February 15, 2021

“Who is the real Bellingcat?” That was the question asked by journalist Mary Dejevsky in a recent article for UnHerd, and while I hope that the contents of the book We Are Bellingcat would go some way to answer this question, helped by our unusually open online methodology, I would like to tell our story.

In early 2012, I began the Brown Moses Blog, under a pseudonym I used on various forums, borrowed from the title of a Frank Zappa song. In the previous year, I had spent a lot of my free time arguing about the conflict in Libya on the Guardian Middle East Live Blog and posting, somewhat obsessively, the latest news and links on a thread on the Something Awful forums. Having my teenage years bookended by the Gulf War and the 2003 Invasion of Iraq, I developed an interest in conflict and the Middle East from what might be described as a leftist Western perspective, devouring books by the likes of Robert Fisk, Noam Chomsky and John Pilger. So, in 2010, I gravitated towards discussions on forums and social media about the Arab Spring.

Several things frustrated me about those discussions. While information, videos and photos were being shared online, they were often the subject of much debate if they showed one particular side in a bad light. Usually the question was “how do you know it’s real?” or “how do you know they’re telling the truth?” These are, of course, reasonable questions. But in early 2011, when rebel forces in Libya shared a video of the  town of Tiji, which they claimed had been captured, I stumbled across a way to at least show where videos were being filmed.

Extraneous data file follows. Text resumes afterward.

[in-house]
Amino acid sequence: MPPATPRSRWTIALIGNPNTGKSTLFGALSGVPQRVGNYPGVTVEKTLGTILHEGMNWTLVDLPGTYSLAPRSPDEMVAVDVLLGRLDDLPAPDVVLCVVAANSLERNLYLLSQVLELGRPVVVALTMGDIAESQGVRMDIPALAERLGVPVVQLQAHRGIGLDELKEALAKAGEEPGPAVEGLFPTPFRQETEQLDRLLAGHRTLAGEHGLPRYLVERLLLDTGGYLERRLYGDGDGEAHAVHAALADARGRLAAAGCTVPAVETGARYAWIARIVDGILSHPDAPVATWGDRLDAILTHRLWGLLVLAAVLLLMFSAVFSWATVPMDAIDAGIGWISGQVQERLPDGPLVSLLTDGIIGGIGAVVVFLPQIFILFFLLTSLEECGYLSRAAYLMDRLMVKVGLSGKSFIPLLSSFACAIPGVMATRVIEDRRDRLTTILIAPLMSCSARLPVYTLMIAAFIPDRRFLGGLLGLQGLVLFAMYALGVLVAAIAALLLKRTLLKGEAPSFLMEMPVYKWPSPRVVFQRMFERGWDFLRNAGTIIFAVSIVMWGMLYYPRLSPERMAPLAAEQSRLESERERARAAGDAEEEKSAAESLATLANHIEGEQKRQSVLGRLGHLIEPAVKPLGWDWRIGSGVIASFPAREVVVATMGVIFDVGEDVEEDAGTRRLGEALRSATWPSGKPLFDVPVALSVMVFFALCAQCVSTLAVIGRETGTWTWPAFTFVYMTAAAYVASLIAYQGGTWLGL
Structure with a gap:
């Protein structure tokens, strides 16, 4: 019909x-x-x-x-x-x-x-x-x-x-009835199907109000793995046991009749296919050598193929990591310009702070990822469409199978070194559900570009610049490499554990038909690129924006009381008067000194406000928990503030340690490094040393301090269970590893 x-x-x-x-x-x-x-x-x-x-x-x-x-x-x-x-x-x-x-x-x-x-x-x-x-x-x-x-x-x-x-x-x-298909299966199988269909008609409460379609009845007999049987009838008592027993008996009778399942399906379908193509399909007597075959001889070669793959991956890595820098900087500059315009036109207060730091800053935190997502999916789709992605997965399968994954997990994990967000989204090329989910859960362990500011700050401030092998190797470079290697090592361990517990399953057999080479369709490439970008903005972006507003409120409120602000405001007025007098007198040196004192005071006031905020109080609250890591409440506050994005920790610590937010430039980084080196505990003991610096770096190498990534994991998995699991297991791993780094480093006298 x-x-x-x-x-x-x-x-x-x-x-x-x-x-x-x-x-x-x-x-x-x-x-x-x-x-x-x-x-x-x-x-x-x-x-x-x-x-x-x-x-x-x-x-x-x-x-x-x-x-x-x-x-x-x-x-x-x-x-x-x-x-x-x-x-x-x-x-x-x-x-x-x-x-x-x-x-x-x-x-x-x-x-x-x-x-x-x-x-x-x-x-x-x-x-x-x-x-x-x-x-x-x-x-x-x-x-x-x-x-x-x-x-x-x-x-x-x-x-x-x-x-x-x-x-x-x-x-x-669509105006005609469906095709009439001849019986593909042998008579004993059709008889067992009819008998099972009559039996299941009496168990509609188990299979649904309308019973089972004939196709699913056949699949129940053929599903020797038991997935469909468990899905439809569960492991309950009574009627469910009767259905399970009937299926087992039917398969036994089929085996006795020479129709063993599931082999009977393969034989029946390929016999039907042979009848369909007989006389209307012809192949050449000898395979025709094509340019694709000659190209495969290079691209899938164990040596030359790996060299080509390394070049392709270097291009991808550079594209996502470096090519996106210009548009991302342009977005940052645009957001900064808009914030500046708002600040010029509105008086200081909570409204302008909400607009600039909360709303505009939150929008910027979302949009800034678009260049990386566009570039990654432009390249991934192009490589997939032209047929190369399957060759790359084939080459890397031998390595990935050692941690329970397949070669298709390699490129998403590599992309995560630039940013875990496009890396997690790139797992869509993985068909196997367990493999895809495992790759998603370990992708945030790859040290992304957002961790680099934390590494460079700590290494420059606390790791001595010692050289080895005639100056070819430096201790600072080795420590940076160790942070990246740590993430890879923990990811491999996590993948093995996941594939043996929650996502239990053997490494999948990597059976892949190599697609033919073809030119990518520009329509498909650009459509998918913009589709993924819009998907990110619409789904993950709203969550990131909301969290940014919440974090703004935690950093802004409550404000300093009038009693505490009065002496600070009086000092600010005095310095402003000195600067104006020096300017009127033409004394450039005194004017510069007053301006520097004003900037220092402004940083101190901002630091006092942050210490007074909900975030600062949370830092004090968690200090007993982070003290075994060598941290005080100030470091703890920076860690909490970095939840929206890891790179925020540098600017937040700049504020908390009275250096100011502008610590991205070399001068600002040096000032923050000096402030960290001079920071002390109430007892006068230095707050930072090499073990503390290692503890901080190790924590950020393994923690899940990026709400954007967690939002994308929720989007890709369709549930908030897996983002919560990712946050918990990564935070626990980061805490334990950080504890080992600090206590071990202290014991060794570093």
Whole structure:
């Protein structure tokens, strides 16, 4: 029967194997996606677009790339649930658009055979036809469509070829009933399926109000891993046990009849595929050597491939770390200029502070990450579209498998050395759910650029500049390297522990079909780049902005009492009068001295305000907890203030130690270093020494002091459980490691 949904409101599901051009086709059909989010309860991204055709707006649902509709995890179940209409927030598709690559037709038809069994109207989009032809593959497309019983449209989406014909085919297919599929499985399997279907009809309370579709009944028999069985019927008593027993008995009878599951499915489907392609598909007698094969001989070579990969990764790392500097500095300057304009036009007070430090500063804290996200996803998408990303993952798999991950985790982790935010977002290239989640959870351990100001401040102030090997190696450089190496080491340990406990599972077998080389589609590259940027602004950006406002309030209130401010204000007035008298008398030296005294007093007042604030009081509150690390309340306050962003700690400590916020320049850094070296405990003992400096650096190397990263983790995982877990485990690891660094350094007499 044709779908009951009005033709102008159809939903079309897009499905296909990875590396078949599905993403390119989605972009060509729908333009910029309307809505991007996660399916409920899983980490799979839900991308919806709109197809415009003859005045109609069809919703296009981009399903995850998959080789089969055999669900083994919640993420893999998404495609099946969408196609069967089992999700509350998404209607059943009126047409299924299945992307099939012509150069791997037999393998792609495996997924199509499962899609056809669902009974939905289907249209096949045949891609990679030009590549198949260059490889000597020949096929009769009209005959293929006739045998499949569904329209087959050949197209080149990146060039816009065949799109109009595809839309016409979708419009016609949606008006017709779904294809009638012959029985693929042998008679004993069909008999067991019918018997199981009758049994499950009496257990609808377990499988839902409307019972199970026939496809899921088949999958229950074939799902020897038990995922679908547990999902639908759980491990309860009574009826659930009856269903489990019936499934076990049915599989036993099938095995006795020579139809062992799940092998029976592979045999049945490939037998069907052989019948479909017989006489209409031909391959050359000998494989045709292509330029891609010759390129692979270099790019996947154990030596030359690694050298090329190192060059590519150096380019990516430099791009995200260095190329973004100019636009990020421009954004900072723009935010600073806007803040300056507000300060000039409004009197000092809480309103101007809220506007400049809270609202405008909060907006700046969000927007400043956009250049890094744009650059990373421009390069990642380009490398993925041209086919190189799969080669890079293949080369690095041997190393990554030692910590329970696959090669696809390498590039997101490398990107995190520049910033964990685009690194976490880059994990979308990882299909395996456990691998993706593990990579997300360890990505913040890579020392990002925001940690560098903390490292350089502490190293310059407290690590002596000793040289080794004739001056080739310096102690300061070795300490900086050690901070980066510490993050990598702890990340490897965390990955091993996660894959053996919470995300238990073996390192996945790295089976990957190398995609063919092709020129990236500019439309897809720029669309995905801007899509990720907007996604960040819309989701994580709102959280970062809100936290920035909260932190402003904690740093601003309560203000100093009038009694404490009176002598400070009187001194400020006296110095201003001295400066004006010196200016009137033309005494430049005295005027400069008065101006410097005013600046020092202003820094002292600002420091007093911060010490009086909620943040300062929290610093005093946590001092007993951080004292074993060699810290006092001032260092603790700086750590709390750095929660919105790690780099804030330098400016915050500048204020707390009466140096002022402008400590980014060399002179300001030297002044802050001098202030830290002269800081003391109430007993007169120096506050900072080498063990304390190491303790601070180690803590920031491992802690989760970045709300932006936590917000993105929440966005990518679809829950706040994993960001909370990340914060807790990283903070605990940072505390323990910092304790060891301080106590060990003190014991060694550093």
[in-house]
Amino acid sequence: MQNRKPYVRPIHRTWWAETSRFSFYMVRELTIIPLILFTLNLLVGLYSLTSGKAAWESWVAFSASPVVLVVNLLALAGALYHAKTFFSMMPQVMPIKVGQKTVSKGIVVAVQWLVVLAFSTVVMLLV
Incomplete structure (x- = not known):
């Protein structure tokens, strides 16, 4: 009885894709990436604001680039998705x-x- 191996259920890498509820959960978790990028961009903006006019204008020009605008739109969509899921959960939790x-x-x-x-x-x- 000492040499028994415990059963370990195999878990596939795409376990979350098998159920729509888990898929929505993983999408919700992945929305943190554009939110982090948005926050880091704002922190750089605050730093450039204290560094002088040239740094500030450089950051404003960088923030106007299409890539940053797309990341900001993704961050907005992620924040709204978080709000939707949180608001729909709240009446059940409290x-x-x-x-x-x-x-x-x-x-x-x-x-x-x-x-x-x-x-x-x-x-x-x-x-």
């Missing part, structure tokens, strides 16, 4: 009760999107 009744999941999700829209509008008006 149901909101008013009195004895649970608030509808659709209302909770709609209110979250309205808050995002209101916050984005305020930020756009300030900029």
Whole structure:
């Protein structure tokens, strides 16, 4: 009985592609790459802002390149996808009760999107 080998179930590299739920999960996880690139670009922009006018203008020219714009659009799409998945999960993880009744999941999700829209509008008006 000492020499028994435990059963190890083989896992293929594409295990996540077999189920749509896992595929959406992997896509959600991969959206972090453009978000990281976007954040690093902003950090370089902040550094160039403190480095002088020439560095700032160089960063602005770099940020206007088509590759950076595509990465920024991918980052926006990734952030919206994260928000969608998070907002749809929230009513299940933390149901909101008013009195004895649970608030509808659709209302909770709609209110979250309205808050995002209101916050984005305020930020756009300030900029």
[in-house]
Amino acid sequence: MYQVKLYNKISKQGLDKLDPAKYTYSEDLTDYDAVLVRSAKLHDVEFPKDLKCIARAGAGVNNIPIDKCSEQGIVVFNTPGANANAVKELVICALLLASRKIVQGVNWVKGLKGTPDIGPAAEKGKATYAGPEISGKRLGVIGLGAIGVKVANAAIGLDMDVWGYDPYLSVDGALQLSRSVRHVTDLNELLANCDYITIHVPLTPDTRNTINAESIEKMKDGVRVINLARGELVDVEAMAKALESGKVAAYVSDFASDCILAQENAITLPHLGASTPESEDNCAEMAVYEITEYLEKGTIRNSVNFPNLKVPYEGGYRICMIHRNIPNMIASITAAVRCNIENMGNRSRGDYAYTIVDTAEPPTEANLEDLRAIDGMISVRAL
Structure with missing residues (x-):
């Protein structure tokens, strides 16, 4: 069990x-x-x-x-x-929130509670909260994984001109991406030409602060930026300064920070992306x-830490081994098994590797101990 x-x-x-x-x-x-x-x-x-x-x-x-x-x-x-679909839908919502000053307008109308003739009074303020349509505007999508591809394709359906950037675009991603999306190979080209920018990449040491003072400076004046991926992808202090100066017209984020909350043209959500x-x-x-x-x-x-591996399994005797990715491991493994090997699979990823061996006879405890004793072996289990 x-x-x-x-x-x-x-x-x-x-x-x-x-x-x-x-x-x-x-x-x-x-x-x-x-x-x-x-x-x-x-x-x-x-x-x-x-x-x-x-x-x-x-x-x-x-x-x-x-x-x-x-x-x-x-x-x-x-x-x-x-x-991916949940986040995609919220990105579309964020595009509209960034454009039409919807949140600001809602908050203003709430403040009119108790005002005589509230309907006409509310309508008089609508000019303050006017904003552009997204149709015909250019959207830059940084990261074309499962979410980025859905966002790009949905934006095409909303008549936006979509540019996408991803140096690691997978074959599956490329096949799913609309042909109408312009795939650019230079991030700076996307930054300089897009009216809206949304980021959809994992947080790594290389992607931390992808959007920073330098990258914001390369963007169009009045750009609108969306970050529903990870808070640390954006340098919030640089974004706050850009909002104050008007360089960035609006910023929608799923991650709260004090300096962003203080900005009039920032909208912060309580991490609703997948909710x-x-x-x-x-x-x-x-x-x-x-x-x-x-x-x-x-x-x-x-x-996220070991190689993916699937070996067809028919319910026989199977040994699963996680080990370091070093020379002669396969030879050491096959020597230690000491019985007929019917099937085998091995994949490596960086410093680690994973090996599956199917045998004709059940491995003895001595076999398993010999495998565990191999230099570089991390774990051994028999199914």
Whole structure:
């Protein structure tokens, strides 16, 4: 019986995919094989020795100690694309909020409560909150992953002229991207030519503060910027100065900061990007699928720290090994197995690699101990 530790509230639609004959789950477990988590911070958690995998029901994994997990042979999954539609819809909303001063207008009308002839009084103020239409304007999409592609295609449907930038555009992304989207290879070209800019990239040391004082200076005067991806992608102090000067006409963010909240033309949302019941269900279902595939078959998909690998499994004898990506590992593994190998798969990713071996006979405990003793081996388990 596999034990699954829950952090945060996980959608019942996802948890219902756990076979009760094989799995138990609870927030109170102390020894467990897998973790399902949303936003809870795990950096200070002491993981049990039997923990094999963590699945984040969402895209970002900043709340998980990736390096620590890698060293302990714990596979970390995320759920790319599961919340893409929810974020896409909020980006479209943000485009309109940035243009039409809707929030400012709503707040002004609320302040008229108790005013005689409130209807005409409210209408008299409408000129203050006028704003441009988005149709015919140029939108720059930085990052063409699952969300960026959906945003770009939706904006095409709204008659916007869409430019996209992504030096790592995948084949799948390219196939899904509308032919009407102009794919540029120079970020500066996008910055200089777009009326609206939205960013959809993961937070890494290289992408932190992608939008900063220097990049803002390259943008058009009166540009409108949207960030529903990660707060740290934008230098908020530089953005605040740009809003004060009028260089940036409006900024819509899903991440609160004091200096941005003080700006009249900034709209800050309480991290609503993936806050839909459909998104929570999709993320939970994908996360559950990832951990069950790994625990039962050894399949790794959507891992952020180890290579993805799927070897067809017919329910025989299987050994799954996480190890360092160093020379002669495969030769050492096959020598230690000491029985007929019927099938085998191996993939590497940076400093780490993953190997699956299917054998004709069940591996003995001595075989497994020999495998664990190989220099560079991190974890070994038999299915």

By using satellite imagery, freely available on Google Maps, it was possible to match features visible in the Tiji video, such as the dome of a mosque and its position in relation to a major road, to prove the video had been filmed there. I reviewed the footage over and over, looking at smaller and smaller objects, such as trees, walls and utility poles, and matched them to what was visible in the satellite imagery. This process, now a core skill of any online open source investigator, is known as geolocation, and became the basis of much of my initial work.

Because the satellite imagery and video was publicly available, I could demonstrate to those questioning the validity of the video not only the process I went through to locate it, but also the sources of evidence I was using. As I moved from arguing on internet forums to starting a blog in 2012, this transparency of both the process and the evidence became an integral part of my own writing, and what eventually became a common approach for the online open source community.

For some of the older generation of journalists, this form of radical transparency in both sourcing and methodology runs counter to the custom of keeping your methods and scoops to yourself. For me, it came from the understanding that I was no more credible than any other random internet commentator, so I could only demonstrate how I had come to my conclusions step by step, pointing to the evidence I was using, and sharing it as widely as possible.

Fast forward 10 years and the BBC and New York Times are winning top tier journalism awards for open source investigations, human rights NGOs are collecting open source material and the likes of the ICC are examining the use of open source evidence and analysis in their own work. It has become difficult to recall a time where now-established online open source investigation techniques were barely known and practised by just a handful of people.